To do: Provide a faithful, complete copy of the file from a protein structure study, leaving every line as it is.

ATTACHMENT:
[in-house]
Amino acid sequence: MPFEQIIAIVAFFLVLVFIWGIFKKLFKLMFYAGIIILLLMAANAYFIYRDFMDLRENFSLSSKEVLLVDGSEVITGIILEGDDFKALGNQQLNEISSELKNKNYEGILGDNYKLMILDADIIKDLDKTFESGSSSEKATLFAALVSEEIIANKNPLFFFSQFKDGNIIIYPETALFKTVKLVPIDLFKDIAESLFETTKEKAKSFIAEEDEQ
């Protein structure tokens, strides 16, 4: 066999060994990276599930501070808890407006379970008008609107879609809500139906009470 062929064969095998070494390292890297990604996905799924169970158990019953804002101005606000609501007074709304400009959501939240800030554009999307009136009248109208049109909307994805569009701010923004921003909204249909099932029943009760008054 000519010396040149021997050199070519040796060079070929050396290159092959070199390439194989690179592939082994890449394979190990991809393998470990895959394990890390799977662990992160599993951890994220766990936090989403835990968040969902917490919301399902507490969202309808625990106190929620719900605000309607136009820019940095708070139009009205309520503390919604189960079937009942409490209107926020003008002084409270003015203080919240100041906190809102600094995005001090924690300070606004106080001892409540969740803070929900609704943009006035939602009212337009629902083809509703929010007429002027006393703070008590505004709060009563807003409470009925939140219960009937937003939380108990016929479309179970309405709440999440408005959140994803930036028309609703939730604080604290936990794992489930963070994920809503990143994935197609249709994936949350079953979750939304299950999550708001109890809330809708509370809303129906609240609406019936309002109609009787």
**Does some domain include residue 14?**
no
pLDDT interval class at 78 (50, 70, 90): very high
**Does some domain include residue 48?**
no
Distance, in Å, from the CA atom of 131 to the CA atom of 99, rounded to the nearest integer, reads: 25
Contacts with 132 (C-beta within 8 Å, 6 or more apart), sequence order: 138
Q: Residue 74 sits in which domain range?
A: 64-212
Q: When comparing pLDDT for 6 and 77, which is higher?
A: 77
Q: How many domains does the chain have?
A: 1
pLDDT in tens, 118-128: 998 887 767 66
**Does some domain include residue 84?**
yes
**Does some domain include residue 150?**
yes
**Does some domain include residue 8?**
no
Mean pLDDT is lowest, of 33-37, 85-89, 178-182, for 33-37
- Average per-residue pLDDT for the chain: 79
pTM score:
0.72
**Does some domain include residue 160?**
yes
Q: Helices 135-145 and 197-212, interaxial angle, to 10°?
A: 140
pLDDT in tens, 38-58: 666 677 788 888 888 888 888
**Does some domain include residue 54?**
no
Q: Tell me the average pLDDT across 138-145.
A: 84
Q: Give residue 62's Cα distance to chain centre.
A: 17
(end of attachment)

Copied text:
[in-house]
Amino acid sequence: MPFEQIIAIVAFFLVLVFIWGIFKKLFKLMFYAGIIILLLMAANAYFIYRDFMDLRENFSLSSKEVLLVDGSEVITGIILEGDDFKALGNQQLNEISSELKNKNYEGILGDNYKLMILDADIIKDLDKTFESGSSSEKATLFAALVSEEIIANKNPLFFFSQFKDGNIIIYPETALFKTVKLVPIDLFKDIAESLFETTKEKAKSFIAEEDEQ
């Protein structure tokens, strides 16, 4: 066999060994990276599930501070808890407006379970008008609107879609809500139906009470 062929064969095998070494390292890297990604996905799924169970158990019953804002101005606000609501007074709304400009959501939240800030554009999307009136009248109208049109909307994805569009701010923004921003909204249909099932029943009760008054 000519010396040149021997050199070519040796060079070929050396290159092959070199390439194989690179592939082994890449394979190990991809393998470990895959394990890390799977662990992160599993951890994220766990936090989403835990968040969902917490919301399902507490969202309808625990106190929620719900605000309607136009820019940095708070139009009205309520503390919604189960079937009942409490209107926020003008002084409270003015203080919240100041906190809102600094995005001090924690300070606004106080001892409540969740803070929900609704943009006035939602009212337009629902083809509703929010007429002027006393703070008590505004709060009563807003409470009925939140219960009937937003939380108990016929479309179970309405709440999440408005959140994803930036028309609703939730604080604290936990794992489930963070994920809503990143994935197609249709994936949350079953979750939304299950999550708001109890809330809708509370809303129906609240609406019936309002109609009787």
**Does some domain include residue 14?**
no
pLDDT interval class at 78 (50, 70, 90): very high
**Does some domain include residue 48?**
no
Distance, in Å, from the CA atom of 131 to the CA atom of 99, rounded to the nearest integer, reads: 25
Contacts with 132 (C-beta within 8 Å, 6 or more apart), sequence order: 138
Q: Residue 74 sits in which domain range?
A: 64-212
Q: When comparing pLDDT for 6 and 77, which is higher?
A: 77
Q: How many domains does the chain have?
A: 1
pLDDT in tens, 118-128: 998 887 767 66
**Does some domain include residue 84?**
yes
**Does some domain include residue 150?**
yes
**Does some domain include residue 8?**
no
Mean pLDDT is lowest, of 33-37, 85-89, 178-182, for 33-37
- Average per-residue pLDDT for the chain: 79
pTM score:
0.72
**Does some domain include residue 160?**
yes
Q: Helices 135-145 and 197-212, interaxial angle, to 10°?
A: 140
pLDDT in tens, 38-58: 666 677 788 888 888 888 888
**Does some domain include residue 54?**
no
Q: Tell me the average pLDDT across 138-145.
A: 84
Q: Give residue 62's Cα distance to chain centre.
A: 17